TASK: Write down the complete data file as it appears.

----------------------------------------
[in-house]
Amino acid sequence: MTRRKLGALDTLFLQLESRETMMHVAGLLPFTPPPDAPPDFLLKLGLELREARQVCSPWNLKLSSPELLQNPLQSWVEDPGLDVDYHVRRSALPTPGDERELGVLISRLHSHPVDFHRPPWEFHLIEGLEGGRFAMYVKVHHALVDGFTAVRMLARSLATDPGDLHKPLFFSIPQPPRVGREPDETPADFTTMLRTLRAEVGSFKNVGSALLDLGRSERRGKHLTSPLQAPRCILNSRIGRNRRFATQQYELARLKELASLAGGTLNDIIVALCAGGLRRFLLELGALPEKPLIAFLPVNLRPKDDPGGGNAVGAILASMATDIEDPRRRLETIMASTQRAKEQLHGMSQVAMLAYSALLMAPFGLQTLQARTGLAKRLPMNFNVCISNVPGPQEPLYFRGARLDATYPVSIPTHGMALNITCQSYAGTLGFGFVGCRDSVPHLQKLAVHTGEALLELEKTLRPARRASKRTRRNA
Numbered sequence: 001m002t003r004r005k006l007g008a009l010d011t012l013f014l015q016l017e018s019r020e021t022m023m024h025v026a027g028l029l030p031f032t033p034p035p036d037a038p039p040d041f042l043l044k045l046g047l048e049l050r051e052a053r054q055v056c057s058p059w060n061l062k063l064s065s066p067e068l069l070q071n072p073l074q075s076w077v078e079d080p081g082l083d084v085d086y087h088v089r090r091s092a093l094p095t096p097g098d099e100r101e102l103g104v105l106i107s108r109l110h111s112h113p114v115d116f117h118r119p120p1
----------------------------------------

[in-house]
Amino acid sequence: MTRRKLGALDTLFLQLESRETMMHVAGLLPFTPPPDAPPDFLLKLGLELREARQVCSPWNLKLSSPELLQNPLQSWVEDPGLDVDYHVRRSALPTPGDERELGVLISRLHSHPVDFHRPPWEFHLIEGLEGGRFAMYVKVHHALVDGFTAVRMLARSLATDPGDLHKPLFFSIPQPPRVGREPDETPADFTTMLRTLRAEVGSFKNVGSALLDLGRSERRGKHLTSPLQAPRCILNSRIGRNRRFATQQYELARLKELASLAGGTLNDIIVALCAGGLRRFLLELGALPEKPLIAFLPVNLRPKDDPGGGNAVGAILASMATDIEDPRRRLETIMASTQRAKEQLHGMSQVAMLAYSALLMAPFGLQTLQARTGLAKRLPMNFNVCISNVPGPQEPLYFRGARLDATYPVSIPTHGMALNITCQSYAGTLGFGFVGCRDSVPHLQKLAVHTGEALLELEKTLRPARRASKRTRRNA
Numbered sequence: 001m002t003r004r005k006l007g008a009l010d011t012l013f014l015q016l017e018s019r020e021t022m023m024h025v026a027g028l029l030p031f032t033p034p035p036d037a038p039p040d041f042l043l044k045l046g047l048e049l050r051e052a053r054q055v056c057s058p059w060n061l062k063l064s065s066p067e068l069l070q071n072p073l074q075s076w077v078e079d080p081g082l083d084v085d086y087h088v089r090r091s092a093l094p095t096p097g098d099e100r101e102l103g104v105l106i107s108r109l110h111s112h113p114v115d116f117h118r119p120p1